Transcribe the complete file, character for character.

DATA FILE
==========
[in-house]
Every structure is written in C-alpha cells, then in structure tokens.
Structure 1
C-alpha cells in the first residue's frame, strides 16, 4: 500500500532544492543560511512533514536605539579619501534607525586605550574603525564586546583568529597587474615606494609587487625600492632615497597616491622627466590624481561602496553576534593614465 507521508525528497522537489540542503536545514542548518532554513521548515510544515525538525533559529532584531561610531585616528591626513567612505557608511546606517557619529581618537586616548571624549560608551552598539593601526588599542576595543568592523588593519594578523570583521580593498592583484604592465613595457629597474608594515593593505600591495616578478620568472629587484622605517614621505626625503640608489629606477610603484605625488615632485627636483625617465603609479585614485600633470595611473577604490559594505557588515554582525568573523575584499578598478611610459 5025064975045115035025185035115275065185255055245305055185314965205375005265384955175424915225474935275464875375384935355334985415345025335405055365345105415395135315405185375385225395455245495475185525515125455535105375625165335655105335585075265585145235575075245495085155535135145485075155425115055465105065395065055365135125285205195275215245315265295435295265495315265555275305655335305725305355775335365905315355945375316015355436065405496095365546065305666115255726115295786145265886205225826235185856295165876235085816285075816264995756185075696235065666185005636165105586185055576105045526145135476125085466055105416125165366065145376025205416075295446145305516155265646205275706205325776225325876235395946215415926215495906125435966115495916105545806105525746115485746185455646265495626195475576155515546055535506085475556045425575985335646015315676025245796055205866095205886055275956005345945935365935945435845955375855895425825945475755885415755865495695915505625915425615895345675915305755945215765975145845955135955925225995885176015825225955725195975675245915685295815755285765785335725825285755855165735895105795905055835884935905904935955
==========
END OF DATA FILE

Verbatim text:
[in-house]
Every structure is written in C-alpha cells, then in structure tokens.
Structure 1
C-alpha cells in the first residue's frame, strides 16, 4: 500500500532544492543560511512533514536605539579619501534607525586605550574603525564586546583568529597587474615606494609587487625600492632615497597616491622627466590624481561602496553576534593614465 507521508525528497522537489540542503536545514542548518532554513521548515510544515525538525533559529532584531561610531585616528591626513567612505557608511546606517557619529581618537586616548571624549560608551552598539593601526588599542576595543568592523588593519594578523570583521580593498592583484604592465613595457629597474608594515593593505600591495616578478620568472629587484622605517614621505626625503640608489629606477610603484605625488615632485627636483625617465603609479585614485600633470595611473577604490559594505557588515554582525568573523575584499578598478611610459 5025064975045115035025185035115275065185255055245305055185314965205375005265384955175424915225474935275464875375384935355334985415345025335405055365345105415395135315405185375385225395455245495475185525515125455535105375625165335655105335585075265585145235575075245495085155535135145485075155425115055465105065395065055365135125285205195275215245315265295435295265495315265555275305655335305725305355775335365905315355945375316015355436065405496095365546065305666115255726115295786145265886205225826235185856295165876235085816285075816264995756185075696235065666185005636165105586185055576105045526145135476125085466055105416125165366065145376025205416075295446145305516155265646205275706205325776225325876235395946215415926215495906125435966115495916105545806105525746115485746185455646265495626195475576155515546055535506085475556045425575985335646015315676025245796055205866095205886055275956005345945935365935945435845955375855895425825945475755885415755865495695915505625915425615895345675915305755945215765975145845955135955925225995885176015825225955725195975675245915685295815755285765785335725825285755855165735895105795905055835884935905904935955